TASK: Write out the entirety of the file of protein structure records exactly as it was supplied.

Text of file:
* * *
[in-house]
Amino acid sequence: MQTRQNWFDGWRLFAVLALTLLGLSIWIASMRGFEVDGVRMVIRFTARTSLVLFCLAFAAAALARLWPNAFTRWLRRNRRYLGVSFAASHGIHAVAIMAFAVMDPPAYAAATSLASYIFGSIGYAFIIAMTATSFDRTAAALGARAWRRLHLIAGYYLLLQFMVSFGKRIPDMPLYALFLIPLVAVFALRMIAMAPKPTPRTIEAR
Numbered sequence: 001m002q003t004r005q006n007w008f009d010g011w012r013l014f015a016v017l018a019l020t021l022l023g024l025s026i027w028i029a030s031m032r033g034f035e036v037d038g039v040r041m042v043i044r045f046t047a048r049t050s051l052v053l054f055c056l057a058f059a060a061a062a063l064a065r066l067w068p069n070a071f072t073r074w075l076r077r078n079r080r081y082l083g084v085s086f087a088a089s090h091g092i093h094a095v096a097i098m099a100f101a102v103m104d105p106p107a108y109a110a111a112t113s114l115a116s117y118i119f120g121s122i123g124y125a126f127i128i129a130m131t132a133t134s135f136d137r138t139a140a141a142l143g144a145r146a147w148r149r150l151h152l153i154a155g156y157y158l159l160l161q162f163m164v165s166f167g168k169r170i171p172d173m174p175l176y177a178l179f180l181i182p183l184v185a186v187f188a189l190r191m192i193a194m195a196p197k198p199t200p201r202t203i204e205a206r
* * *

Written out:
[in-house]
Amino acid sequence: MQTRQNWFDGWRLFAVLALTLLGLSIWIASMRGFEVDGVRMVIRFTARTSLVLFCLAFAAAALARLWPNAFTRWLRRNRRYLGVSFAASHGIHAVAIMAFAVMDPPAYAAATSLASYIFGSIGYAFIIAMTATSFDRTAAALGARAWRRLHLIAGYYLLLQFMVSFGKRIPDMPLYALFLIPLVAVFALRMIAMAPKPTPRTIEAR
Numbered sequence: 001m002q003t004r005q006n007w008f009d010g011w012r013l014f015a016v017l018a019l020t021l022l023g024l025s026i027w028i029a030s031m032r033g034f035e036v037d038g039v040r041m042v043i044r045f046t047a048r049t050s051l052v053l054f055c056l057a058f059a060a061a062a063l064a065r066l067w068p069n070a071f072t073r074w075l076r077r078n079r080r081y082l083g084v085s086f087a088a089s090h091g092i093h094a095v096a097i098m099a100f101a102v103m104d105p106p107a108y109a110a111a112t113s114l115a116s117y118i119f120g121s122i123g124y125a126f127i128i129a130m131t132a133t134s135f136d137r138t139a140a141a142l143g144a145r146a147w148r149r150l151h152l153i154a155g156y157y158l159l160l161q162f163m164v165s166f167g168k169r170i171p172d173m174p175l176y177a178l179f180l181i182p183l184v185a186v187f188a189l190r191m192i193a194m195a196p197k198p199t200p201r202t203i204e205a206r